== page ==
Mersey tidal barrage could take decade to build

The construction of the potential tidal barrage across the River Mersey could take a decade, according to current estimates.

The Liverpool City Region Combined Authority is currently finalising options for a new tidal barrage or lagoon in the river which has the potential to power up to one million homes with renewable energy for 120 years, create jobs, and “secure the UK’s reputation as a global leader in green energy.”

According to the Liverpool City Region Combined Authority, no decision has been made about the multi-billion pound project, which is in the early stages of planning, but a Freedom of Information request revealed “the construction period is likely to be around 7-10 years with construction, machine assembly and commissioning activity.”

Timescales are dependent on final designs and contractors but multiple projects could even go ahead including options for both a barrage and a lagoon.

The Combined Authority said there was potential for seven to 10 projects on the west coast of UK, adding, “We want Liverpool City region to be at the centre of the tidal range industry.”

A report published in October included illustrations of what a barrage on the Mersey could look like, with references to street furniture, cyclists, and “rest points along the route.” It also said the project would be “a major new piece of infrastructure – linking the left and right bank (Wirral and Liverpool).”

The Combined Authority is waiting on government feedback about options for a barrage or a lagoon and how this would help move energy supply towards net zero emissions.

Current estimates have the project delivered by 2040 but an early stage application examining potential environmental implications is expected to be submitted to the Planning Inspectorate “in the near future.”

More details have now been revealed including potential locations. The identified area for a tidal barrage for the last 40 years has been between Dingle and Otterspool on one side of the river and Port Sunlight and Bromborough on the other.

However, the Liverpool City Region said some options may no longer be viable and it is now considering locations “closer to the mouth of the river that may align to regeneration aspects around Liverpool Waters and Wirral Waters,” and help provide a flood defence against rising sea levels. The October report referenced Wirral Waters and the new Everton stadium.

It has also been confirmed “a walking or cycling route is considered part of the wider Active Travel consideration for the tidal scheme and the wider LCR region. Any such route could potentially provide connectivity and link to active travel and public transport.”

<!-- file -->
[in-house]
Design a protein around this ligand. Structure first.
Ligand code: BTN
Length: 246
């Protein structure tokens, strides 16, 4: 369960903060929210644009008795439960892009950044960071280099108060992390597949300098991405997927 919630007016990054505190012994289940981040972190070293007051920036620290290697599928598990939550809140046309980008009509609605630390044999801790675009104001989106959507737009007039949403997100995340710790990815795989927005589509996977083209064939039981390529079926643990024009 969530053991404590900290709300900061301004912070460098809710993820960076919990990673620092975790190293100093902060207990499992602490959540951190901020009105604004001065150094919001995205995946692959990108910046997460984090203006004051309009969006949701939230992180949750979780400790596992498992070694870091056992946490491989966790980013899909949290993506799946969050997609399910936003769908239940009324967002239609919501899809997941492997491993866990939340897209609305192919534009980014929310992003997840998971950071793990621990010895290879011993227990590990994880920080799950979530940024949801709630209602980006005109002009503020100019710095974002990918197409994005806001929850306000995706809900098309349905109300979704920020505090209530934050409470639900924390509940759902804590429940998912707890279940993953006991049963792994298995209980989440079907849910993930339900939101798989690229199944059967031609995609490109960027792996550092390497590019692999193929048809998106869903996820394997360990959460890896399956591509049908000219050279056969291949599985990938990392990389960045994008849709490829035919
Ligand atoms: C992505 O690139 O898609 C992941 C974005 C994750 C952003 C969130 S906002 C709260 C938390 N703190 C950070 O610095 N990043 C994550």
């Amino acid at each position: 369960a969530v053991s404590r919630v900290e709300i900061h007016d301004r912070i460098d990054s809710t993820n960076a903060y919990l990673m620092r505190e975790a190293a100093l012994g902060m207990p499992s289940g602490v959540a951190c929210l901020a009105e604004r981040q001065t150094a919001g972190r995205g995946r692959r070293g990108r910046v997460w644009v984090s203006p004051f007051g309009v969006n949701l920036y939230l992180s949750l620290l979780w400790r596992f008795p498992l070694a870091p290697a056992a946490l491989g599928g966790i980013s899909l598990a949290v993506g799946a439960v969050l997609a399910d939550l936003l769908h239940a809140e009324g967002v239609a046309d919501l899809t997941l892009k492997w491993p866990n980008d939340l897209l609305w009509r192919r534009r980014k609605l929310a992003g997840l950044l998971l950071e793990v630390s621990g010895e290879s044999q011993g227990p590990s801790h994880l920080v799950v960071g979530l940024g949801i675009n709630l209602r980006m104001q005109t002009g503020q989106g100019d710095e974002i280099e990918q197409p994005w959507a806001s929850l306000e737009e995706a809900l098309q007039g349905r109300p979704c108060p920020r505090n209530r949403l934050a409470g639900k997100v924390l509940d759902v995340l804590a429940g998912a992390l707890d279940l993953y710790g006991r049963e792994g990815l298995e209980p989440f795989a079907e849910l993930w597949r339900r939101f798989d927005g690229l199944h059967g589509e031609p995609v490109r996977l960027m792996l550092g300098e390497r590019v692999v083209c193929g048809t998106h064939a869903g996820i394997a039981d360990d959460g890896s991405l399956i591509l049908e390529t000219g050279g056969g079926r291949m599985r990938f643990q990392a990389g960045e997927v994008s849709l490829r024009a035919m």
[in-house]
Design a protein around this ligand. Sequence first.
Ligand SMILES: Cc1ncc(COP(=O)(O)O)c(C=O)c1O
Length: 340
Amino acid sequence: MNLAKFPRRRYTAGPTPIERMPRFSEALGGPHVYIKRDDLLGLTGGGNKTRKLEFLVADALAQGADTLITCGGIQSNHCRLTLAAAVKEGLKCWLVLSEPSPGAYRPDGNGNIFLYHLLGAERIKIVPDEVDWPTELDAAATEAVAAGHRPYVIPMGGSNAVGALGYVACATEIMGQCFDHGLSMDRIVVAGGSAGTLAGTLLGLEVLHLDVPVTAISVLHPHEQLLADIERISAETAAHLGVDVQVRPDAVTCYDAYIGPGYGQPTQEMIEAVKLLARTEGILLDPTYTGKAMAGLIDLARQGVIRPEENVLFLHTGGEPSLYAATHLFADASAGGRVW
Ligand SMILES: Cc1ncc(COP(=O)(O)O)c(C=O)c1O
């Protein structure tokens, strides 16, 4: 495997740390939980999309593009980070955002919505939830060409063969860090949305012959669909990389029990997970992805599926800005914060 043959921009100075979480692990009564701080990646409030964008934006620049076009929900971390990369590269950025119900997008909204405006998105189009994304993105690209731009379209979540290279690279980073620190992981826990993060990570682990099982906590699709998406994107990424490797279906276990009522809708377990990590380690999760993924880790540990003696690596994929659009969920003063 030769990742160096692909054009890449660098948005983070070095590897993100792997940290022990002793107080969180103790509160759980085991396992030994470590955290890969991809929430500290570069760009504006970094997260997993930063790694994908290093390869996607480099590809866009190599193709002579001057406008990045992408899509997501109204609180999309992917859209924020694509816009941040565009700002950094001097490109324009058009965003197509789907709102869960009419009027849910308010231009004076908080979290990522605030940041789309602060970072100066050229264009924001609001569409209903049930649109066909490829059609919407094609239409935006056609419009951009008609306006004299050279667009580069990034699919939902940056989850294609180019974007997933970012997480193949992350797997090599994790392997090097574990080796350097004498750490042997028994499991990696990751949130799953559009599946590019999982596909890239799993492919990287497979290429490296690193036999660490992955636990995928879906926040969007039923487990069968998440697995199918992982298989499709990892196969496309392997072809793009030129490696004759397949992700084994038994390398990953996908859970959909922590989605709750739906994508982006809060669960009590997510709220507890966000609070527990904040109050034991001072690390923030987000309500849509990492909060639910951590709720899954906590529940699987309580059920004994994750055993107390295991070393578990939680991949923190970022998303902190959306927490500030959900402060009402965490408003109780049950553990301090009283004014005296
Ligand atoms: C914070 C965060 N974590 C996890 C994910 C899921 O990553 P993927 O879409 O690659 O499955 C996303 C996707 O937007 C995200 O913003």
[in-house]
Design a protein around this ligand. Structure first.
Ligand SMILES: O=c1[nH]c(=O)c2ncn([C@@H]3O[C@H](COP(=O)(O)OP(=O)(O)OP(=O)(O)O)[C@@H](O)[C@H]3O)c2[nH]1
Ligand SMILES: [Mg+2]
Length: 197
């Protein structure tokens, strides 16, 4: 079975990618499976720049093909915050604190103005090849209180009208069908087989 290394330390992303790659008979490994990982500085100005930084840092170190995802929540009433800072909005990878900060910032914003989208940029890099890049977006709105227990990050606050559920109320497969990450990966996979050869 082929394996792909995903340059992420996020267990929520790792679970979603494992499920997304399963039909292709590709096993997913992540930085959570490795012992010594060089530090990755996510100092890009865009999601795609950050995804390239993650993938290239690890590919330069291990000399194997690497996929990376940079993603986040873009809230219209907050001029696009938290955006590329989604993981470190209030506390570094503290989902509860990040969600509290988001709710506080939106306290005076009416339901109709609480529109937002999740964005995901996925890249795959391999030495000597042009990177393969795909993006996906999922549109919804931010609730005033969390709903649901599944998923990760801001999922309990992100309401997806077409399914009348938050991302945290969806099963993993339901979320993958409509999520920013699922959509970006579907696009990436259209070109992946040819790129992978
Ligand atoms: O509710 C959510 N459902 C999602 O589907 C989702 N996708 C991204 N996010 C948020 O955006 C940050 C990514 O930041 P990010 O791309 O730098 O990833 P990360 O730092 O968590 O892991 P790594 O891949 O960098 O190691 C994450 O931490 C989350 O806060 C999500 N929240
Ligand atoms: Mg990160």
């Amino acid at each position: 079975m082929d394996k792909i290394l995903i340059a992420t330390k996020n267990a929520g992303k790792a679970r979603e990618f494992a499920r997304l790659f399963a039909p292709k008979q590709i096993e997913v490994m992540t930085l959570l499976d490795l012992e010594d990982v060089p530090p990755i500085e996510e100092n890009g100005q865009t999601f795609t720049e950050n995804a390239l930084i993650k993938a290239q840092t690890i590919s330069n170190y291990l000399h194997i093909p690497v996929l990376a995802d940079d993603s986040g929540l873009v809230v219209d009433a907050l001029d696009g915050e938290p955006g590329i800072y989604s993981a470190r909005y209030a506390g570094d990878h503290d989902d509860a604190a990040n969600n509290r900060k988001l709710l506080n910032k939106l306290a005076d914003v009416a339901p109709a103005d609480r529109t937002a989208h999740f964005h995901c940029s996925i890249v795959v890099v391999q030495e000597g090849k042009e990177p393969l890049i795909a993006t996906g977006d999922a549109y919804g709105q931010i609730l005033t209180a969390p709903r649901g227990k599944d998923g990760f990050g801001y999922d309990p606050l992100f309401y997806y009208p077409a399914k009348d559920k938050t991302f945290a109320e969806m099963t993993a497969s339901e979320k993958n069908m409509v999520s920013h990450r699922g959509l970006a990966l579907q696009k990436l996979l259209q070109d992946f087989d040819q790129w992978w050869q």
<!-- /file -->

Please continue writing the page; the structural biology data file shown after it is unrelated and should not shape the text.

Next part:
A previous price tag put the cost at £3.5bn and while this is likely to change, it will still cost billions to build, with the project needing substantial government backing.

The Combined Authority said, “The current scheme development stage has minimal information which provides the basis for outline costs but without the detail necessary to enable accurate cost estimates to be generated. 

“Significantly more detail is required in terms of location selection and engineering and construction methods to allow a reliable cost of construction for a 120 year operating asset.

“Estimates of project cost are currently in the multiple of billions but are subject to change as we understand more of the challenges of construction, the economic landscape and inflation rates, which have seen other major projects such as HS2 and Hinckley Point C suffer significant cost change. 

“We are very mindful that project costs can only be stated accurately when full market testing and supply chain quotations are received. To date, this has not happened.”

A Liverpool City Region Combined Authority spokesperson said, “Mersey Tidal Power has the potential to provide enough clean, predictable and renewable energy for up to one million homes for 120 years and create thousands of local jobs, apprenticeships and training opportunities in construction, science, research and development.

“Harnessing the power of the River Mersey is a bold and ambitious mission, however, it is not a recent concept. Talks of building a tidal barrage have been ongoing for more than four decades and, as such, various locations have been suggested throughout the years.

“In that time, the landscape of some of these locations has changed dramatically and redevelopment has meant that they may no longer be viable, but we have to consider all options in the business case to government.

“A project of this scale takes time to plan and exploratory work is still ongoing. The Combined Authority is continuing to explore all possibilities for Mersey Tidal Power and no decisions on the operating model or location have yet been made.”

Image: A CGI mock up included in a report about the Mersey tidal power project. Credit: Liverpool City Region Combined Authority

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